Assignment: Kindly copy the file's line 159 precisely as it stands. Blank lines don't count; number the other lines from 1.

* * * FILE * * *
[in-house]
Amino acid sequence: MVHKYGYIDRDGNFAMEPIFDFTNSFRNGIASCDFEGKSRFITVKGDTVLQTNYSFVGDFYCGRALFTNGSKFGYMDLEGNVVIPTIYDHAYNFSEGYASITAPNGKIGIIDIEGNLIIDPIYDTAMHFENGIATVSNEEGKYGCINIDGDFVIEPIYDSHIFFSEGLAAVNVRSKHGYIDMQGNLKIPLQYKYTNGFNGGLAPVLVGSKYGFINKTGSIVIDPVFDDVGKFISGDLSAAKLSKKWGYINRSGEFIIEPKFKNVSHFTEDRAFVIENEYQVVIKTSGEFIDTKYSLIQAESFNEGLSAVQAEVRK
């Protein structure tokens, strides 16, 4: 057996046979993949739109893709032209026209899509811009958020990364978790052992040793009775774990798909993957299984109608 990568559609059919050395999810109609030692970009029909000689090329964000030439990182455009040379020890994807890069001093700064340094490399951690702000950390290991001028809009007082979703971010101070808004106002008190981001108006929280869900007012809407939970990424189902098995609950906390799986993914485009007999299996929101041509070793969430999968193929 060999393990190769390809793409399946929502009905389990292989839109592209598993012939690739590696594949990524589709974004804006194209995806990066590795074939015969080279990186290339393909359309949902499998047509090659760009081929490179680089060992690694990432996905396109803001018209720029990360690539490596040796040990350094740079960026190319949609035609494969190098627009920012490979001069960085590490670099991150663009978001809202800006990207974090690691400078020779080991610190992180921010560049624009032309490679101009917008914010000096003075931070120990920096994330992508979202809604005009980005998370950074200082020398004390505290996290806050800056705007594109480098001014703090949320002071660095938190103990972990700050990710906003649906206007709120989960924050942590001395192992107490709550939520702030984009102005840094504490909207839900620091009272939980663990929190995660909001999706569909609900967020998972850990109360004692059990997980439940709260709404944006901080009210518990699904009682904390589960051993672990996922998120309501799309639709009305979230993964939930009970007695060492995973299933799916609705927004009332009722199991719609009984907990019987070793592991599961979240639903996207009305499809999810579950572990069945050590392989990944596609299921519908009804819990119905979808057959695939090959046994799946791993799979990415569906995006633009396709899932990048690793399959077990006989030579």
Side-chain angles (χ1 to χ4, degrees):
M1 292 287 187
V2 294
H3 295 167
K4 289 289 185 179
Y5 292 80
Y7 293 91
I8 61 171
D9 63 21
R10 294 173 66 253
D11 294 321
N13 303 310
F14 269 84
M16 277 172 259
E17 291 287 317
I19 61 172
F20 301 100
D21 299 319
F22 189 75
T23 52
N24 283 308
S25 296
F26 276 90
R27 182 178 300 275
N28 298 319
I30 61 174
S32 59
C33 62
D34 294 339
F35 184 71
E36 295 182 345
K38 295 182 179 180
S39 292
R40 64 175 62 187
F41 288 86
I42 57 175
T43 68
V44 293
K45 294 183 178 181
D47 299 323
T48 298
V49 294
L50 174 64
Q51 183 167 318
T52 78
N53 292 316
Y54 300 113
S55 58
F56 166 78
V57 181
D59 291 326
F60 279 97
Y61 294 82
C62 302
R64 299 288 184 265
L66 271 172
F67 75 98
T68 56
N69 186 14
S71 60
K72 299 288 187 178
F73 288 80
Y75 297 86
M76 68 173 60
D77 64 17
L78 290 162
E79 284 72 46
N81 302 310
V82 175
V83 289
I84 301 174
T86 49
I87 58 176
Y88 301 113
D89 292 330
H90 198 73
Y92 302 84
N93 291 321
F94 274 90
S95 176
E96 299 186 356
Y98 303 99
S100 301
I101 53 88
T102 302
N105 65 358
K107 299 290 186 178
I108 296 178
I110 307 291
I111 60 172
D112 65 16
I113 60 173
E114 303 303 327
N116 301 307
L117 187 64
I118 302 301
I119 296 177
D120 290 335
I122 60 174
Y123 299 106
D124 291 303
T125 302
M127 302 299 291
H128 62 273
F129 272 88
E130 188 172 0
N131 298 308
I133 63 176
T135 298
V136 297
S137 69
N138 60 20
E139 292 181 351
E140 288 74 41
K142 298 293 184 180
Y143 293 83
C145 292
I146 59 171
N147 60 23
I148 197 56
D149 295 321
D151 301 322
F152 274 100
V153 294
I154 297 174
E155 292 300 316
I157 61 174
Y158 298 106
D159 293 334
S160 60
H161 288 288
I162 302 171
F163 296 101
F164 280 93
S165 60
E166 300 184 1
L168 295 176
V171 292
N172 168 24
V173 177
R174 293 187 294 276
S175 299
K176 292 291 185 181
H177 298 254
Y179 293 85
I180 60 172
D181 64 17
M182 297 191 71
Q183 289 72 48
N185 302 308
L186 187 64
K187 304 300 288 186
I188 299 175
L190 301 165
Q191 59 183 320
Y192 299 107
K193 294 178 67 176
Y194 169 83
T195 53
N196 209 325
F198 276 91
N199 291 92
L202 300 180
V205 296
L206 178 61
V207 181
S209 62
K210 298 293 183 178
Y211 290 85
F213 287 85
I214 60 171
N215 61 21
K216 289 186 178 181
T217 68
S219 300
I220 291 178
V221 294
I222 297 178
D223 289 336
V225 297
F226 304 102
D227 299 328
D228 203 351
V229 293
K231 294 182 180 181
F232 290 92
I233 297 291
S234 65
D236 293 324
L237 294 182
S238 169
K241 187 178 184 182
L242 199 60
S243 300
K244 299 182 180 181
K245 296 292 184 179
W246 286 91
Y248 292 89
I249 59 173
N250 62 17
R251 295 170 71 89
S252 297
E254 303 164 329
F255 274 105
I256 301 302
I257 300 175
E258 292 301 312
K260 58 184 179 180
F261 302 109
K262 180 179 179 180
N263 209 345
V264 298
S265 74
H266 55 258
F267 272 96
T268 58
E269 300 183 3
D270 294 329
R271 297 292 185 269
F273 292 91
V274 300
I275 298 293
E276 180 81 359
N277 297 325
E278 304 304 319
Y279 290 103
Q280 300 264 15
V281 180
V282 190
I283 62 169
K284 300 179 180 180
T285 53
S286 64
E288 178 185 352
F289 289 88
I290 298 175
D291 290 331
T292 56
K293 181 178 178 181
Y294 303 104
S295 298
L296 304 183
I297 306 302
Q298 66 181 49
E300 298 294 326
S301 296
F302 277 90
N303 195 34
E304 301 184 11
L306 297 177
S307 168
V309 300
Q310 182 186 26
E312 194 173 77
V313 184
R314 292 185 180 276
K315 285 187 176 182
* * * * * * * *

Y192 299 107